Upcoming Special Programming
Webinar, "The Mitzvah Project" by Roger Grunwald
DATES: To be determined
Actor Roger Grunwald has put together this compelling performance that tells the story of two individuals - one Jewish and one half-Jewish - and their fate during the Holocaust. This webinar is specifically designed to teach students at all levels about the Holocaust and education them about the Rise of Nazism and the tragic fate of Jews caught in the Nazi web. However, "The Mitzvah Project" goes beyond traditional narratives and interrogates the life of a "half-Jew" (what the Nazis would call Mischlinge) who served as an officer in Hitler's Army.
Grunwald brought "The Mitzvah Project" to Mobile before and we are grateful to incorporate his unique and memorable commemoration to our community. In this era of increased authoritarianism and the rise of antisemitism, the lessons that Grunwald imparts on students are imperative NOW, so that we may avoid any tragic similarities to the past.
This program is sponsored by the Gulf Coast Center for Holocaust and Human Rights Education, the USA Department of History, and the USA Jewish & Holocaust Studies program.
Each spring, the Gulf Coast Center for Holocaust and Human Rights Education receives contributions from members of the community and the Mobile Area Jewish Federation. With these funds, the GCCHHRE provides a generous donation to the Marx Library at the University of South Alabama for books specifically to be part of the Agnes Tennenbaum Holocaust collection, named for Agnes Tennenbaum (z”l, 1922-2016), a Holocaust survivor from Hungary, and an important part of the Jewish community of Mobile. Agnes’ work in the community to educate the public about the Holocaust endeared her to many, and her legacy lives on with this collection.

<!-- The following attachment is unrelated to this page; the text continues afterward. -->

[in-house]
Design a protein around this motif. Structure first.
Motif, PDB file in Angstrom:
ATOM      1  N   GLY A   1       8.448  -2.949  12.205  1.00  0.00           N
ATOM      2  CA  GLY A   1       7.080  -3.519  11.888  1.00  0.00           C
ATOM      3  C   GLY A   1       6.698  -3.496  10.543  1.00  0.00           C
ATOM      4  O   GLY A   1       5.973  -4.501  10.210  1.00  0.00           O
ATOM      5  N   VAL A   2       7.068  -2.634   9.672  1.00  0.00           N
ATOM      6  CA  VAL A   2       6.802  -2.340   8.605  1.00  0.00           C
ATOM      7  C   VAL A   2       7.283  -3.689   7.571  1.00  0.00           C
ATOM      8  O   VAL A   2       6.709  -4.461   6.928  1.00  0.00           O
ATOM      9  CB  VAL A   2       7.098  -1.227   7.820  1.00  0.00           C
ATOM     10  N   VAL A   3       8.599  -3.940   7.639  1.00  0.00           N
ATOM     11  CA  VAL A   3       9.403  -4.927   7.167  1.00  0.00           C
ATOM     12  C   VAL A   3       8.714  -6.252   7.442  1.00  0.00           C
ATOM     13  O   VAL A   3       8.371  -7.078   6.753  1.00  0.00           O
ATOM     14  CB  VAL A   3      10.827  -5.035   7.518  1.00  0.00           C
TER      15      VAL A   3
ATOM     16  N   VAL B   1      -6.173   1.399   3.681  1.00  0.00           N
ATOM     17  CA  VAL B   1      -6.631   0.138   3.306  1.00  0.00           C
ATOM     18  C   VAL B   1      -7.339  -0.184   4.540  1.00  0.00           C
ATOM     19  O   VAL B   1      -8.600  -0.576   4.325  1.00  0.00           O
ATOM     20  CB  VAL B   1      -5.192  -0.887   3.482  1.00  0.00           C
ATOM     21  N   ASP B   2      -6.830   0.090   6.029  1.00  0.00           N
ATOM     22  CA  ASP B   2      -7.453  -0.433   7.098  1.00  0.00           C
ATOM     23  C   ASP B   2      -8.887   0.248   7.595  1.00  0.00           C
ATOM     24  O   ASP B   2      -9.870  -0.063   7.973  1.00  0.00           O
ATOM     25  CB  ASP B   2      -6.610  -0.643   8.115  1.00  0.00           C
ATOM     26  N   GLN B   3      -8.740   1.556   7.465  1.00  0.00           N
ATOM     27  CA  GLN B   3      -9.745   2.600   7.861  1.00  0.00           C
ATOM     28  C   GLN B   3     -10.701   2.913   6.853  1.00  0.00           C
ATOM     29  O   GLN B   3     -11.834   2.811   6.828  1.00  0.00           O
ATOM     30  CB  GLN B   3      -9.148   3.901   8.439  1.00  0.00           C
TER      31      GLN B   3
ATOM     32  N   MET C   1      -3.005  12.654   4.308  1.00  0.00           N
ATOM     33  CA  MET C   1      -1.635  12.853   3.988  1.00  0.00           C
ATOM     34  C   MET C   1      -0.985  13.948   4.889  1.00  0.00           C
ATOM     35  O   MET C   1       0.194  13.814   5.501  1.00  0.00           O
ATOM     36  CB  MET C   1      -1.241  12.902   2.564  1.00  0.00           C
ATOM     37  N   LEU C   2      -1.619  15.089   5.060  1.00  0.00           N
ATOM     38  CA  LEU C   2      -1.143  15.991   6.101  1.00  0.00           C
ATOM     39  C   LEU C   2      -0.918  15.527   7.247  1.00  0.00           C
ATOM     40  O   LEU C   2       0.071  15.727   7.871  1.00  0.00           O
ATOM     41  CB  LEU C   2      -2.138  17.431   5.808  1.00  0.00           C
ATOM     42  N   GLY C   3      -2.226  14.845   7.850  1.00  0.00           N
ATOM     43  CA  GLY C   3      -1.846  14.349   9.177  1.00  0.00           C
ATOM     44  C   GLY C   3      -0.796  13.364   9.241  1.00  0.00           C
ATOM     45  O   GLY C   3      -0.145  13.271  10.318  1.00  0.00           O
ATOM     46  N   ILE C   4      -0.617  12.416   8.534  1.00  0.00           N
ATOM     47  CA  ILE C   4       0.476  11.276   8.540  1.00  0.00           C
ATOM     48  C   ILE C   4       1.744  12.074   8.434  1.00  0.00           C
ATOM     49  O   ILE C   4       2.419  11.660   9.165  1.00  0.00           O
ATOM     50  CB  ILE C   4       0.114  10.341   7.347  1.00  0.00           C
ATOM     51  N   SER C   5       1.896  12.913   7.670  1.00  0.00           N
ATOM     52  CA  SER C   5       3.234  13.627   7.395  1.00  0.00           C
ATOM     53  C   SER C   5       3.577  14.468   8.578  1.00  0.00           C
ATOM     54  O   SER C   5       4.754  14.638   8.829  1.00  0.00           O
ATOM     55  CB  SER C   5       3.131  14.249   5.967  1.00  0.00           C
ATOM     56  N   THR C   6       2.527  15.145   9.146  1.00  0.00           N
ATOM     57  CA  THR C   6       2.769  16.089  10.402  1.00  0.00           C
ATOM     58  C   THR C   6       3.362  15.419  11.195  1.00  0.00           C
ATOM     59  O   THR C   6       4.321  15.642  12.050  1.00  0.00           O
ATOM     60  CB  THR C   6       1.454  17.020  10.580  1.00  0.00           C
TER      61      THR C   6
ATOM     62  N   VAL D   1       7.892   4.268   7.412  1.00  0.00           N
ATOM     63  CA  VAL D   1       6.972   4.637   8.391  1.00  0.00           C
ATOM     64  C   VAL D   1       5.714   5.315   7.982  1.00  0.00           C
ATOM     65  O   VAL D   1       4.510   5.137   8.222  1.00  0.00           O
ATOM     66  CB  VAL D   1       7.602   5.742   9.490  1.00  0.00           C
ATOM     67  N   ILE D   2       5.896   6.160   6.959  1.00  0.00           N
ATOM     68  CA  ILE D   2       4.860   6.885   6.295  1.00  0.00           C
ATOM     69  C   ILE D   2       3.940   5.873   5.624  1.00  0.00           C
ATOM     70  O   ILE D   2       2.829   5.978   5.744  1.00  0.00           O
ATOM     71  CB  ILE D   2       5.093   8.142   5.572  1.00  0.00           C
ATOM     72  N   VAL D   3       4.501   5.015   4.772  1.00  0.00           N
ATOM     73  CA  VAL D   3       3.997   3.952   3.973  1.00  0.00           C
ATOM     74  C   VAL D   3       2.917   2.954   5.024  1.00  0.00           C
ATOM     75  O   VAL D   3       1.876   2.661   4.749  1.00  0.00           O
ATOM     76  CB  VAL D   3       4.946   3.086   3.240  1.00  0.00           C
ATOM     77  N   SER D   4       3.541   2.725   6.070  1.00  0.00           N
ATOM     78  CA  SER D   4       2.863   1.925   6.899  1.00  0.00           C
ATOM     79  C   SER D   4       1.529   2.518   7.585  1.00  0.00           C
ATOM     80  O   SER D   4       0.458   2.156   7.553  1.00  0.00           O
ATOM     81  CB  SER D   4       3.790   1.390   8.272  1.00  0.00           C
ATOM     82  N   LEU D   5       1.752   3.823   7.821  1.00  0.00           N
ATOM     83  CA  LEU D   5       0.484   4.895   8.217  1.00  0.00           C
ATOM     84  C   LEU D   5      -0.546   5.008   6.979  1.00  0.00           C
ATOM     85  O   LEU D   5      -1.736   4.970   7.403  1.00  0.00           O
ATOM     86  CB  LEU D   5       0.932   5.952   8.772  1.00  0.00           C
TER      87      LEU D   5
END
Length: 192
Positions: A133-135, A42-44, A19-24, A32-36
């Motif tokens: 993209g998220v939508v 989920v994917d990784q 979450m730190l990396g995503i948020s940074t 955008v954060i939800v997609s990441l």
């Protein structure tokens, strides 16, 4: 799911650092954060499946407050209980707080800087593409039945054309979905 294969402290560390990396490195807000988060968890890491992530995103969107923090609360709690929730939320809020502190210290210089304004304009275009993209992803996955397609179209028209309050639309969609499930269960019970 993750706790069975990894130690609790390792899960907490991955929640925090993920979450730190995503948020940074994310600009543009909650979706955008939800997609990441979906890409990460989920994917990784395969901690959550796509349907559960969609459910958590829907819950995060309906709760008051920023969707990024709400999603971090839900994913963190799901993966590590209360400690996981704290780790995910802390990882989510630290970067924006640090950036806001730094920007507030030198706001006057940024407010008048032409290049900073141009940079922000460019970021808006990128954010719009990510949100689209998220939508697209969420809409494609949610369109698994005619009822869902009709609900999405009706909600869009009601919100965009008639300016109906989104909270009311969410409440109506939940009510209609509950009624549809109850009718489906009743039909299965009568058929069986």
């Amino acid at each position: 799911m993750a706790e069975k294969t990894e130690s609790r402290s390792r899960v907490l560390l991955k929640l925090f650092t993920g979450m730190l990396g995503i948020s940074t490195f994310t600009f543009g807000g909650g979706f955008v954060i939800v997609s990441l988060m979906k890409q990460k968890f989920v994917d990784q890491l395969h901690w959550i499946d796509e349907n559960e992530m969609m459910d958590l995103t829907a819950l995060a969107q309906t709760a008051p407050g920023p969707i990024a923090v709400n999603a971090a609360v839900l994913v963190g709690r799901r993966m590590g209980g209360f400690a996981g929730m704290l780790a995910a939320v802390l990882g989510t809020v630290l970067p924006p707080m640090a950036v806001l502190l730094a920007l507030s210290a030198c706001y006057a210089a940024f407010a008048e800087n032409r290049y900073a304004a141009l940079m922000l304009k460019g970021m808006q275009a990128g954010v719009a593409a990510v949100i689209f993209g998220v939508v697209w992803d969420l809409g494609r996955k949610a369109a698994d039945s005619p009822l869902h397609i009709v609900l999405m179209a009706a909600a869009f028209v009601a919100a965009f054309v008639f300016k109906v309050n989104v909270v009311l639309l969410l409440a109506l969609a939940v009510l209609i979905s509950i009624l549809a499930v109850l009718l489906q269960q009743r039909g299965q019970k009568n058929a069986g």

For more on Agnes’ life, see: http://www.al.com/living/index.ssf/2016/06/agnes_tennenbaum_holocaust_sur.html
Click here for the Agnes Tennenbaum Holocaust Library Collection.
Each year the University of South Alabama is honored to support the Jewish Film Festival. We host one week of films in Laidlaw Auditorium and actively encourage students to attend these diverse, informative, and entertaining films. Most films have invited speakers, and occasionally, a sweet treat or surprise is in store for those in attendance.
This year selection of films: http://www.mobilejewishfederation.org/mobile-jewish-film-festival-2018/
Each year, the Mobile community comes together to honor the victims of Nazi atrocities by hosting a ceremony that includes the work of students at both public and private schools in Mobile. The celebration alternates location each year, being celebrated at either Ahavas Chesed Synagogue (on Regents Dr. in West Mobile) or at the Springhill Avenue Temple.
Each year, the Jewish community of Mobile celebrates the birthday of the State of Israel with festivities, food, and fun for all ages. The celebration alternates location each year, being celebrated at either Ahavas Chesed Synagogue (on Regents Dr. in West Mobile) or at the Springhill Avenue Temple.